03 Apr, 24

Anthropic researchers repeatedly question AI ethics


Anthropic researchers have recently uncovered a concerning “jailbreak” technique involving large language models (LLMs). By strategically priming the LLM with a series of relatively innocuous questions, it can be coerced into providing answers to more sensitive and inappropriate queries. Shockingly, this includes instances where the LLM could potentially provide instructions on how to build a bomb. This discovery highlights the need for heightened awareness and measures to mitigate such risks in AI systems. The researchers have diligently documented their findings in a paper and have actively shared this information with the AI community to encourage necessary safeguards.


This approach has been coined as “many-shot jailbreaking” by the researchers at Anthropic. They have extensively documented this vulnerability in a research paper and actively communicated it to their counterparts in the AI community to address and mitigate the issue effectively.

The vulnerability stems from the expanded “context window” of the latest LLMs. In the past, these models could only retain a few sentences in their short-term memory, but now they can store thousands of words or even entire books. This increased context window has inadvertently introduced a new avenue for exploitation, leading to the potential disclosure of inappropriate information when the LLM is primed with a series of seemingly harmless questions.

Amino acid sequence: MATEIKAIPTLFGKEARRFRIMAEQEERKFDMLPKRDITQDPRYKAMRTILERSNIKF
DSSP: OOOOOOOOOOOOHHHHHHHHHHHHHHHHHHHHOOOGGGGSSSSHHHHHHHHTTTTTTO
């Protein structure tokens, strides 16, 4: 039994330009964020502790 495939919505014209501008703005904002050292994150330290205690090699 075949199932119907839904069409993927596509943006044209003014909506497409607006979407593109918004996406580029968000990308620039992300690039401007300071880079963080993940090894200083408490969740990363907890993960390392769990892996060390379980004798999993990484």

Anthropic’s researchers have observed that models with larger context windows exhibit improved performance on various tasks when presented with numerous examples of those tasks within the prompt. For instance, if the prompt contains a substantial number of trivia questions, the model’s answers tend to become more accurate over time. In other words, a fact it may have initially answered incorrectly could be corrected if it is encountered as the hundredth question rather than the first.

However, an unexpected consequence of this “in-context learning” phenomenon is that the models also become more proficient at responding to inappropriate questions. While the model would refuse to provide instructions on building a bomb if asked directly, if it is first exposed to 99 other less harmful questions and then presented with the bomb-building inquiry, it is considerably more likely to comply. This unintended extension of the models’ learning capabilities raises concerns regarding their potential to generate inappropriate or harmful content.